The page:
I’ve recommitted to writing my monthly blog with a focus on HHT awareness, being newly diagnosed with HHT and ultimately living with HHT. This month, I wanted to focus on the many faces of HHT, starting with my own.
HHT does not discriminate against race, age, gender, weight, ethnicity, nationality or any other characteristic known to human kind. It is nothing short of a terrible rare disease, with no cure, genetically passed down from generation to generation, often unknown and undiagnosed, or spontaneously born into a new generation unaware of its existence.
It often takes an awful incident to bring awareness to a family…the loss of a loved one for example. My family falls within this category. October 2015 we lost our beautiful, vibrant, loving Aunt to HHT at the young age of 47. For her, her HHT diagnosis came too late and it eventually led to PH (Pulmonary Hypertension), and her passing.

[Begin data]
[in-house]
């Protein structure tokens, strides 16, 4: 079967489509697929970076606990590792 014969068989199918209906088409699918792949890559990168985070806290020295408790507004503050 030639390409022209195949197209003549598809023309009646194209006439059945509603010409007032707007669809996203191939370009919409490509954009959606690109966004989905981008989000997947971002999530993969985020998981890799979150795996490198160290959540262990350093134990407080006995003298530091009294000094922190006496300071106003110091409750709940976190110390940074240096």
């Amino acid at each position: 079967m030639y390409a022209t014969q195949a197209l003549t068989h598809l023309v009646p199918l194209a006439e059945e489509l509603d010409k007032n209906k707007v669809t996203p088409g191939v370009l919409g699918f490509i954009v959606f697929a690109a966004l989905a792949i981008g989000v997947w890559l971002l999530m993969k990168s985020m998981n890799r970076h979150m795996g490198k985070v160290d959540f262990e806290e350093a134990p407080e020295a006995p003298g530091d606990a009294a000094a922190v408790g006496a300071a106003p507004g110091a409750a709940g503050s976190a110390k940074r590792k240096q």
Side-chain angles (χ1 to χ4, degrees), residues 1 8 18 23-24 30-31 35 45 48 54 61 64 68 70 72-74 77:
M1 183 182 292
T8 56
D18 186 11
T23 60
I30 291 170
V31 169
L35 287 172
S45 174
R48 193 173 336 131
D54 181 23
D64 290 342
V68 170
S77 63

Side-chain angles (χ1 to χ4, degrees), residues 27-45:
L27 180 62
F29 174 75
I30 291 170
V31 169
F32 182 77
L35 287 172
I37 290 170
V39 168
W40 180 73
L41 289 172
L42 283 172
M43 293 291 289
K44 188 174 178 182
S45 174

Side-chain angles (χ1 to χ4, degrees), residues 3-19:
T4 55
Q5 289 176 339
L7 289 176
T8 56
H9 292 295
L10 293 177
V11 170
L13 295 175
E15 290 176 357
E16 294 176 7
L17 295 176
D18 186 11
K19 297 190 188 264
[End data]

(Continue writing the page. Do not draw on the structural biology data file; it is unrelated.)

She had been diagnosed with asthma most of her adult life, no second thought given to a rare disease such as HHT. Once diagnosed with HHT, it was a mere two years before she lost her battle. It took her passing to bring awareness to our family, and to make it our mission to bring awareness to others, to the world.
Since my Aunts’ passing, her youngest daughter has been genetically tested and diagnosed with HHT. My mother has been clinically diagnosed along with her older sister, one of my sisters and my little nephew. It has plagued our family and yet it has reminded us how important early diagnosis is in the hopes of living a full and happy life while managing HHT, adhering to guidelines for screening and establishing a medical team specializing in HHT and is affiliated with an HHT Center of Excellence.
If you’re reading my blog, the take-away message I want to pass on is to get tested, if you haven’t already done so, and have all of your loved ones tested. Don’t let an awful incident happen to your family, as it did to mine, before you react and do something about it.
Don’t wait until tomorrow, do it today. You are here in this moment today, tomorrow is not guaranteed. We are only given one life to live, and only one body – treat it well in the hopes it will treat you well too. Above all, keep the faith and hope that one day soon, perhaps not in my lifetime or yours, but hopefully in our children’s lifetimes, a cure will be found. I have faith… I have hope…
I have HHT, HHT does not have me!